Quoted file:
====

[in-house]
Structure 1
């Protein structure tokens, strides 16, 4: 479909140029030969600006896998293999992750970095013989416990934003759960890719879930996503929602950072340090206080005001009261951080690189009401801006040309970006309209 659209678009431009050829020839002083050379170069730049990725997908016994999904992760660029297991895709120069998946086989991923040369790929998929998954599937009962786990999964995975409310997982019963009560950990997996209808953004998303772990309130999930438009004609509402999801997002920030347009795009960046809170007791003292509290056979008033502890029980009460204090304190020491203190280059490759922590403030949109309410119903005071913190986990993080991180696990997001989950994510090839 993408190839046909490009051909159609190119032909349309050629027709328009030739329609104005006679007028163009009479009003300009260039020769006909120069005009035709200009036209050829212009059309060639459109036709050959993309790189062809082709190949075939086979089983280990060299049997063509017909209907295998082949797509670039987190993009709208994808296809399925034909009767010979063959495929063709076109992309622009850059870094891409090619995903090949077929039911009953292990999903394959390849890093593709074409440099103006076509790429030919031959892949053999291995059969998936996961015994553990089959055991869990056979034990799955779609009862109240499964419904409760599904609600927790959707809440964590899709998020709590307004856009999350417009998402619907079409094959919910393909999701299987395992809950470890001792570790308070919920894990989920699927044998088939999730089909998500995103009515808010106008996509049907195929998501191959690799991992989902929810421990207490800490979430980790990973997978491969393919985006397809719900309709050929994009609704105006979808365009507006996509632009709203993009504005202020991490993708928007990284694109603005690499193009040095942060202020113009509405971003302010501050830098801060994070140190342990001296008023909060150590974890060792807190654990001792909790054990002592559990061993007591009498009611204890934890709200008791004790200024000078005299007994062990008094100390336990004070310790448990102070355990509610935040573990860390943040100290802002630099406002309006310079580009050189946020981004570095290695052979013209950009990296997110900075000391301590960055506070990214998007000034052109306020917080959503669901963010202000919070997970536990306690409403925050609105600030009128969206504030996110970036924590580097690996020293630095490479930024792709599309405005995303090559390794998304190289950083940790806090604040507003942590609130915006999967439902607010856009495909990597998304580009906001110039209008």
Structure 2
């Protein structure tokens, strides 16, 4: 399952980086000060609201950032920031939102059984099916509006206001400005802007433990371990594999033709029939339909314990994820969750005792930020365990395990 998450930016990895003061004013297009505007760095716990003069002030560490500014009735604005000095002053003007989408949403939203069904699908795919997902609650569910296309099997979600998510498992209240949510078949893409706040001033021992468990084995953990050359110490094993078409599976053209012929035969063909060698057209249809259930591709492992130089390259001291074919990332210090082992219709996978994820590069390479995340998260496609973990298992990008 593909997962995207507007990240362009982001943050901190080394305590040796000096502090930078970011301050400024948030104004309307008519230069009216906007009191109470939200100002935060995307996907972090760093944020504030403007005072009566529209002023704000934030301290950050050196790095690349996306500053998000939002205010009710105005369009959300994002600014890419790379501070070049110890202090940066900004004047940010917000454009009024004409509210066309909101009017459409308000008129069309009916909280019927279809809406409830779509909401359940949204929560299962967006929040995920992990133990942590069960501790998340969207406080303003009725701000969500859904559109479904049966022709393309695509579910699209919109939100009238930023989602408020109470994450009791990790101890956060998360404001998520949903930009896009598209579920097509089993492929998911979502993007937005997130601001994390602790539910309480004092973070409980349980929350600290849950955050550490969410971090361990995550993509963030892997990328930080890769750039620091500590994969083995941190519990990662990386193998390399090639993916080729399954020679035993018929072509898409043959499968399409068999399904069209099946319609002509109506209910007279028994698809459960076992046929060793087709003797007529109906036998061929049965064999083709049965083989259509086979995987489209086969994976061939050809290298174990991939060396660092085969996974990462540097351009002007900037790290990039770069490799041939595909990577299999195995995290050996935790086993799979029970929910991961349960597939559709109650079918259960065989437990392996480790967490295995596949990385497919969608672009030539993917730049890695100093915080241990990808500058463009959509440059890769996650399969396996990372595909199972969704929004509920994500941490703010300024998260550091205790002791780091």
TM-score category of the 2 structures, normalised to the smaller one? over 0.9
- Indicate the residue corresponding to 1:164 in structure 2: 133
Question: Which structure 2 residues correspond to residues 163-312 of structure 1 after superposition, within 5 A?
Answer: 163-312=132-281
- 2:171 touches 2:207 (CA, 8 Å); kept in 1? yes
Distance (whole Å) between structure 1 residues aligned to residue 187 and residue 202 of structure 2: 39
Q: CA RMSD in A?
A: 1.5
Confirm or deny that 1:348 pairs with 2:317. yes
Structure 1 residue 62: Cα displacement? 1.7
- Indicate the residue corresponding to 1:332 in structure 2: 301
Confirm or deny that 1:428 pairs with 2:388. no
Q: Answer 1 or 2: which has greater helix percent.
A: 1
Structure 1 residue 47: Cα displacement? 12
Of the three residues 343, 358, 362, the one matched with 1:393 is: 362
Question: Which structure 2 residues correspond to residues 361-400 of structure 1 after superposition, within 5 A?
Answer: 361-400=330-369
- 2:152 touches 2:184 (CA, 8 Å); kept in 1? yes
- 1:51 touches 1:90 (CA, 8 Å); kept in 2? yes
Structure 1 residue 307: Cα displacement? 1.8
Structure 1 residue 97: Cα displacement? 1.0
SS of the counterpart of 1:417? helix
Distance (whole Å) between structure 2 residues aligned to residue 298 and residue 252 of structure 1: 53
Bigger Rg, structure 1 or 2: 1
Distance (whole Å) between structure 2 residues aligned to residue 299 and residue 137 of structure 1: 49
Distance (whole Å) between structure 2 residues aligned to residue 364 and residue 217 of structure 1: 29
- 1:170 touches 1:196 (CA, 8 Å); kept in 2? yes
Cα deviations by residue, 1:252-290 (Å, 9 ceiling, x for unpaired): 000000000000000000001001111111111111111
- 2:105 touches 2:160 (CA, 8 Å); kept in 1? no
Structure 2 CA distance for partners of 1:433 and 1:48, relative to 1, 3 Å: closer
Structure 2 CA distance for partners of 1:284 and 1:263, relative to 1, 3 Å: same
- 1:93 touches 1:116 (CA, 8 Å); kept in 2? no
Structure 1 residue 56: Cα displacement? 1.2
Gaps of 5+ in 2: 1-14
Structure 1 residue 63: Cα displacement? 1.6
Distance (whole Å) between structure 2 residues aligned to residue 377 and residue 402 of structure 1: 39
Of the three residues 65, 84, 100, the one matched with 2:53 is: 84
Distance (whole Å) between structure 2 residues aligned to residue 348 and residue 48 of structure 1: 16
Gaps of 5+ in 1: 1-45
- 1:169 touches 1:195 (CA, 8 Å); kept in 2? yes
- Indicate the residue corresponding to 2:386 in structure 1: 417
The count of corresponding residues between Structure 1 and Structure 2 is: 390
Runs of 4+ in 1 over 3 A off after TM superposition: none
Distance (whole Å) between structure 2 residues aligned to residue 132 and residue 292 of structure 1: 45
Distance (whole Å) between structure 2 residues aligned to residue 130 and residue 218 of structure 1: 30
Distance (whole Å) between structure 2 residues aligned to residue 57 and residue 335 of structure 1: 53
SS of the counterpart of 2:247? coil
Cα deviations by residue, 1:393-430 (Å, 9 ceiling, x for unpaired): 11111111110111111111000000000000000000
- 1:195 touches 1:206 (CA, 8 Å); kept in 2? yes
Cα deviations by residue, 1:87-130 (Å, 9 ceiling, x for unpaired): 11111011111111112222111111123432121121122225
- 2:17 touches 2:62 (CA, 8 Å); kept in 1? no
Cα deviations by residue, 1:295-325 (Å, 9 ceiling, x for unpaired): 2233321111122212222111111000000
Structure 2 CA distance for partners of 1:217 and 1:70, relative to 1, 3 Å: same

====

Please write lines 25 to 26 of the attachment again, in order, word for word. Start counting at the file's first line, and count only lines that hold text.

- 1:51 touches 1:90 (CA, 8 Å); kept in 2? yes
Structure 1 residue 307: Cα displacement? 1.8